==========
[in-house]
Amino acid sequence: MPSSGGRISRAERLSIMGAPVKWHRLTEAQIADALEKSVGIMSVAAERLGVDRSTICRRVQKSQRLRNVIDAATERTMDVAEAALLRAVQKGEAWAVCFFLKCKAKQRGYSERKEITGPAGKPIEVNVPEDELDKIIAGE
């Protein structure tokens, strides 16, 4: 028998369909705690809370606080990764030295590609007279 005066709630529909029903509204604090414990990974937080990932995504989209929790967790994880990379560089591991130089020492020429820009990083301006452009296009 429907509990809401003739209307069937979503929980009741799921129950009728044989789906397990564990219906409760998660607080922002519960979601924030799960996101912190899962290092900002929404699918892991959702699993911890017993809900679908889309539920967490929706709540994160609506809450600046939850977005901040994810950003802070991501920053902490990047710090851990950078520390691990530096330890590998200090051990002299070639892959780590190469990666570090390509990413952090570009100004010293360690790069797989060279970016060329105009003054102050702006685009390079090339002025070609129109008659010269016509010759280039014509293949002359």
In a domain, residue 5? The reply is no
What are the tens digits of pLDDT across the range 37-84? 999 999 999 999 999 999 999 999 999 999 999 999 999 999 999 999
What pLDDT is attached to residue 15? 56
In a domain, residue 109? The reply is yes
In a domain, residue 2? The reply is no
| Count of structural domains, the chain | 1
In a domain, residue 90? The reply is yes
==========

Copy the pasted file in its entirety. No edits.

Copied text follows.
[in-house]
Amino acid sequence: MPSSGGRISRAERLSIMGAPVKWHRLTEAQIADALEKSVGIMSVAAERLGVDRSTICRRVQKSQRLRNVIDAATERTMDVAEAALLRAVQKGEAWAVCFFLKCKAKQRGYSERKEITGPAGKPIEVNVPEDELDKIIAGE
């Protein structure tokens, strides 16, 4: 028998369909705690809370606080990764030295590609007279 005066709630529909029903509204604090414990990974937080990932995504989209929790967790994880990379560089591991130089020492020429820009990083301006452009296009 429907509990809401003739209307069937979503929980009741799921129950009728044989789906397990564990219906409760998660607080922002519960979601924030799960996101912190899962290092900002929404699918892991959702699993911890017993809900679908889309539920967490929706709540994160609506809450600046939850977005901040994810950003802070991501920053902490990047710090851990950078520390691990530096330890590998200090051990002299070639892959780590190469990666570090390509990413952090570009100004010293360690790069797989060279970016060329105009003054102050702006685009390079090339002025070609129109008659010269016509010759280039014509293949002359």
In a domain, residue 5? The reply is no
What are the tens digits of pLDDT across the range 37-84? 999 999 999 999 999 999 999 999 999 999 999 999 999 999 999 999
What pLDDT is attached to residue 15? 56
In a domain, residue 109? The reply is yes
In a domain, residue 2? The reply is no
| Count of structural domains, the chain | 1
In a domain, residue 90? The reply is yes